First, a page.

ad babysat tonight. Perhaps that isn’t the politically correct way to characterize it. Dad was at home with his children tonight, completely responsible for their entertainment, and worse, their bedtime. I will first say that I was grateful to him, as his schedule does not provide this luxury too often. It took me awhile to get where I could enjoy spending an evening out by myself, but we are finally there. At last, everyone seems to look forward to my departure. Second, I will say that I was surprised and thrilled when I got home after 11 p.m. and found the youngsters in bed and asleep. I believe it was a first. They must have been tired. My kids can match any sitter for the night-watch detail. There is nothing quite as deflating as finding two happy little faces peering over the banister, after I have stayed out late with my women friends, talking, drinking wine and relaxing. It means that I didn’t miss much. When Dad stays home, I save the price of a sitter, but I pay the price in chaos. I begin to tally the bill immediately upon returning home, flipping on the kitchen light to survey the damage. Dear ol’ Dad never gives in to the temptation of television. He prefers to find something that everyone can participate in. The resulting mayhem can be startling. One night it was a complete rearrangement of all the furniture to create a lengthy gymnastic arena. Jean Gillette is a Another night they took freelance writer and every piece of clothing out excellent scullery maid. Conof his and their closets and tact her at jean@coastnewsdressed him up in hilarious

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MAY 3, 2019

41715 Winchester Rd., Suite #101 Temecula • 951-308-4451

MAY 3, 2019


T he C oast News - I nland E dition

THATABABY by Paul Trap

you down. Arguing will not help you achieve your goal.

By Eugenia Last FRIDAY, MAY 3, 2019

FRANK & ERNEST by Bob Thaves

THE BORN LOSER by Art & Chip Sansom

BIG NATE by Lincoln Peirce

MONTY by Jim Meddick

ARLO & JANIS by Jimmy Johnson


ALLEY OOP byJack & Carole Bender

Ups and downs will keep you busy this year. The pendulum will swing, and you’ll need to stand on guard and be ready to take advantage or dismiss whatever comes your way. It will be an exciting and exhausting time to test your skills and see how well you operate while dealing with unpredictable circumstances. TAURUS (April 20-May 20) -- Even the playing field by setting a high standard and weeding out those who cannot compete. Much can be accomplished if you are passionate and persistent. GEMINI (May 21-June 20) -- If you size up your situation and what you want to accomplish, you will avoid some of the pitfalls that others put in your way. Focus and stamina will lead to success. CANCER (June 21-July 22) -- Change may not be what you want, but it may be what you need. Consider what’s being offered as well as the potential gains involved. Make your final decision based on truth. LEO (July 23-Aug. 22) -- Lock in your position and put your plan in place. Once you establish what you want, it will be difficult for anyone to interfere. Make your own opportunities. VIRGO (Aug. 23-Sept. 22) -- Embrace change and set your course. Having a destination in mind will help you avoid unnecessary surprises that could slow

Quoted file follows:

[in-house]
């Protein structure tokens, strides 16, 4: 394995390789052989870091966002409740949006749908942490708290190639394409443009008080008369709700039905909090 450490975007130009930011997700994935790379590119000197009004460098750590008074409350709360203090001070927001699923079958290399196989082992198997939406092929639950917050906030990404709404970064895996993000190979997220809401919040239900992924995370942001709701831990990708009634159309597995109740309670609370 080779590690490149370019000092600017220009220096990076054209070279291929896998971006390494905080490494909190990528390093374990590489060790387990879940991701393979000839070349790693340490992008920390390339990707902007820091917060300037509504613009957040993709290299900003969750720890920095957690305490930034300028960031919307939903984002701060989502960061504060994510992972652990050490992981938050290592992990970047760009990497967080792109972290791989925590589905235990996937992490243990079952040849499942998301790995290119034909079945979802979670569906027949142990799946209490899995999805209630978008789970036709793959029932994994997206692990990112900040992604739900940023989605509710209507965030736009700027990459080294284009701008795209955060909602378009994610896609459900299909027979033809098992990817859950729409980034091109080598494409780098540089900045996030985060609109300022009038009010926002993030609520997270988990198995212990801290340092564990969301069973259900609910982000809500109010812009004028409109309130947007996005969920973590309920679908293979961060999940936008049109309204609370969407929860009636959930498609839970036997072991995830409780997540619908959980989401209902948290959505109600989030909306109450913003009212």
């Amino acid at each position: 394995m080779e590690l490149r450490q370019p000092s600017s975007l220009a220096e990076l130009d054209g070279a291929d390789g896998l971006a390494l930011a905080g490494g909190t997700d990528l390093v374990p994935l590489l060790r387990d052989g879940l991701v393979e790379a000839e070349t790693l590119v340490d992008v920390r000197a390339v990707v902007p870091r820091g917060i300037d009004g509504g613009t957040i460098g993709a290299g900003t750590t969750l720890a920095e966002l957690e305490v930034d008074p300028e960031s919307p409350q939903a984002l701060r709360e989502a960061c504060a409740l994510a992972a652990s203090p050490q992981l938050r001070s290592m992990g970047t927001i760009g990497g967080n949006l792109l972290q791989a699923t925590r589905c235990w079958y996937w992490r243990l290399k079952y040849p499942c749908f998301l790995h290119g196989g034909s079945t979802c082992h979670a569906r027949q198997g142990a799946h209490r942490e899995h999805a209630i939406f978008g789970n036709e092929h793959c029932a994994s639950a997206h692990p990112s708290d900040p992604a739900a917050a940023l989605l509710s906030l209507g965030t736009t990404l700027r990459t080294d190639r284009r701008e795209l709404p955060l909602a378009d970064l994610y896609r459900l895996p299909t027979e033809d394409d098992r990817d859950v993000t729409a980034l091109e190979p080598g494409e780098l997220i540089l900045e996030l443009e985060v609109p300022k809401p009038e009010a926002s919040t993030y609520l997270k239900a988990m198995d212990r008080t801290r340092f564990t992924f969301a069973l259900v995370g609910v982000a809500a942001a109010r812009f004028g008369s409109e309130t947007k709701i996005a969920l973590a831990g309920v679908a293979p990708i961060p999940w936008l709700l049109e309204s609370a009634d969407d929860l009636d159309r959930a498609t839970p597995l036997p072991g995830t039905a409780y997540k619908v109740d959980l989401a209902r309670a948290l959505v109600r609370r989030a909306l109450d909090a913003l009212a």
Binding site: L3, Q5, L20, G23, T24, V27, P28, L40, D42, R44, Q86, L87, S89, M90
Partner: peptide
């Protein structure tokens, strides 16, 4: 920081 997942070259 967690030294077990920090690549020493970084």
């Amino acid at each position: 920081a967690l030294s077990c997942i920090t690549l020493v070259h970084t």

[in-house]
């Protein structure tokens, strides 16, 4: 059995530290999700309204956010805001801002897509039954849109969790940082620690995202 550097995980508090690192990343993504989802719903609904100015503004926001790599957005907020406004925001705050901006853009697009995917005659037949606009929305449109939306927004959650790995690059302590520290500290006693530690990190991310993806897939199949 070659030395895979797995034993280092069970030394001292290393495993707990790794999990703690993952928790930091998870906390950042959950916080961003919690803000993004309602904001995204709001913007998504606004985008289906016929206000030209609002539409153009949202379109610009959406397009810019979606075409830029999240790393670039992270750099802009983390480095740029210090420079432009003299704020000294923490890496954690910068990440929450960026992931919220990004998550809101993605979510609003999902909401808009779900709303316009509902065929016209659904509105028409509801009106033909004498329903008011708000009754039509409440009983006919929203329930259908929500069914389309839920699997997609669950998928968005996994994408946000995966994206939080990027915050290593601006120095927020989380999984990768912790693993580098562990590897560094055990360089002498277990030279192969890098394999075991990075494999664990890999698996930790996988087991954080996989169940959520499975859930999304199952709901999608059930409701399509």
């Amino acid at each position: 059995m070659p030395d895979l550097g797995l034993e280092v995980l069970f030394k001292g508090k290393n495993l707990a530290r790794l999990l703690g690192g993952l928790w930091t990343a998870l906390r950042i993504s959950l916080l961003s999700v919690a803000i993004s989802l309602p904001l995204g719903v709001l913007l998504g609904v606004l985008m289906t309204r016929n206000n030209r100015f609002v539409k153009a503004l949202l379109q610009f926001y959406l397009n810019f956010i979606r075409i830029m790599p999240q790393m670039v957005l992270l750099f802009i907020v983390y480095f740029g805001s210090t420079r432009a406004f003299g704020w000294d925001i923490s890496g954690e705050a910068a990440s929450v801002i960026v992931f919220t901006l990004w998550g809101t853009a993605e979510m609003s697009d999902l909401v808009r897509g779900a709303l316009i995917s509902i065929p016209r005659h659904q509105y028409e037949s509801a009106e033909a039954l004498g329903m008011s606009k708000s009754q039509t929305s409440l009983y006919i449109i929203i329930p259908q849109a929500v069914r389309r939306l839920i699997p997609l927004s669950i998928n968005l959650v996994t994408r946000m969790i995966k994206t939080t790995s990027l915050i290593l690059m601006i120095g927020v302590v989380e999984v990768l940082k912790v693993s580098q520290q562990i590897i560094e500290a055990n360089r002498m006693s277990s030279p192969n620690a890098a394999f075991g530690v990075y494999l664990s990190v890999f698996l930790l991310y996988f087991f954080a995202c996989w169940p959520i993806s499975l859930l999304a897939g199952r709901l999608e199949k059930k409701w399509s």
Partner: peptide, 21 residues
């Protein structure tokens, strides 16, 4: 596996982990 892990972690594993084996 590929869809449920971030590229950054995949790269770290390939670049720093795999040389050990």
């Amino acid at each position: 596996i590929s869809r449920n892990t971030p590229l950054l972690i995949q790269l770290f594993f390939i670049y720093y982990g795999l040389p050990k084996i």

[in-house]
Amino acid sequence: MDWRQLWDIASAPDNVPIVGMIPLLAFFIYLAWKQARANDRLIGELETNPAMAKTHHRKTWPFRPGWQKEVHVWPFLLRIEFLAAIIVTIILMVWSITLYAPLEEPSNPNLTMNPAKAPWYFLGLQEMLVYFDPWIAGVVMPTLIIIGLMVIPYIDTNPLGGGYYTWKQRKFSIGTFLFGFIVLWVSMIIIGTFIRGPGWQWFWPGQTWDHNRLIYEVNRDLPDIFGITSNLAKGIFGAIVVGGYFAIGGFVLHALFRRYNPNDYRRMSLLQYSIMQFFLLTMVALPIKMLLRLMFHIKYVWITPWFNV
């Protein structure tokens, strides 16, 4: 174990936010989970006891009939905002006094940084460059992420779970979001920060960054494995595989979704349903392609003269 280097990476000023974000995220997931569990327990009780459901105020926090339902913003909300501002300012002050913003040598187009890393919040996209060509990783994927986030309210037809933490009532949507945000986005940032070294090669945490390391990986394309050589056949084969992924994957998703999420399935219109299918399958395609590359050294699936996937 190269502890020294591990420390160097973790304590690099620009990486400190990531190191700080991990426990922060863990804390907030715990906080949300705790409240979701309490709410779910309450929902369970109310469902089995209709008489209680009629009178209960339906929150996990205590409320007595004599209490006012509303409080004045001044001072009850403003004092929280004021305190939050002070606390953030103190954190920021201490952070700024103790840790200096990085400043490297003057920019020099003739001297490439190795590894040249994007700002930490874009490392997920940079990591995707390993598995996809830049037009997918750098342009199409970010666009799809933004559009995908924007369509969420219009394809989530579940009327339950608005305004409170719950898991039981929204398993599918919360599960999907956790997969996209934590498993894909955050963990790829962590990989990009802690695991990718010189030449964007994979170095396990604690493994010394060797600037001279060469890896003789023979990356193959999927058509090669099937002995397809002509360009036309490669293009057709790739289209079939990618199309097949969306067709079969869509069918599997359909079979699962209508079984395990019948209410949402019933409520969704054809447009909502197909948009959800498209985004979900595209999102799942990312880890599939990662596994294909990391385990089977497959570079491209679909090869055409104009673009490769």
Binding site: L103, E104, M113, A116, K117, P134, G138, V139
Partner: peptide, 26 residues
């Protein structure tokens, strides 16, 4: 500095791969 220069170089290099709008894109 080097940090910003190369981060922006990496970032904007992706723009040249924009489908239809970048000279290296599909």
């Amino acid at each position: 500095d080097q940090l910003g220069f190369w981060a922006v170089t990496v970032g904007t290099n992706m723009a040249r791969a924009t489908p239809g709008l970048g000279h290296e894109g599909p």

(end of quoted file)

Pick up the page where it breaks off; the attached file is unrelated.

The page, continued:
LIBRA (Sept. 23-Oct. 23) -- Taking short trips, spending time with interesting people who motivate you to be your best, and making personal gains should be your focus. Romance will enhance your life. SCORPIO (Oct. 24-Nov. 22) -- People change, and so do you. Allowing others to grow will also encourage you to expand your interests and gain perspective on what you want to do moving forward.

SAGITTARIUS (Nov. 23-Dec. 21) -Personal relationships, home and domestic projects, and self-improvement are highlighted. A challenge will enrich your mind, body and soul. Adjustments at home will promote romance or stronger family ties.

CAPRICORN (Dec. 22-Jan. 19) -- Leave nothing to chance. If you want things to unfold with ease, preparation and organization will be necessary. An emotional situation should not be put on display.

AQUARIUS (Jan. 20-Feb. 19) -- A challenge will do you good. Be open to suggestions, but in the end, do what feels right. Attending social events will be informative and will encourage a closer bond with someone special. PISCES (Feb. 20-March 20) -- Consider how to best help others without being used or taken for granted. Overspending, overdoing and overindulging will not solve problems or improve important relationships. ARIES (March 21-April 19) -- Don’t let anyone limit what you can do. An open mind and willingness to put your energy where it counts will lead to decisions, improvements and gains that will change your life.


T he C oast News - I nland E dition

Odd Files

real estate documents. Nonetheless, the Cherry Hills Village City Council voted unanimously on April 16 to change the neighborhood’s name from Swastika Acres to Old Cherry Hills. Councilman Dan Sheldon explained that the name came from the Denver Land Swastika Co., which divided the land into plots in the early 20th century, before the Nazis appropriated the symbol: “There was nothing wrong with (the name) at that time,” Sheldon told KDVR-TV. Only one resident opposed the name change, Sheldon said. “She thought it was important to preserve that historical value of that symbol ... even though she herself lost family members in the Holocaust.” [KDVR, 4/16/2019]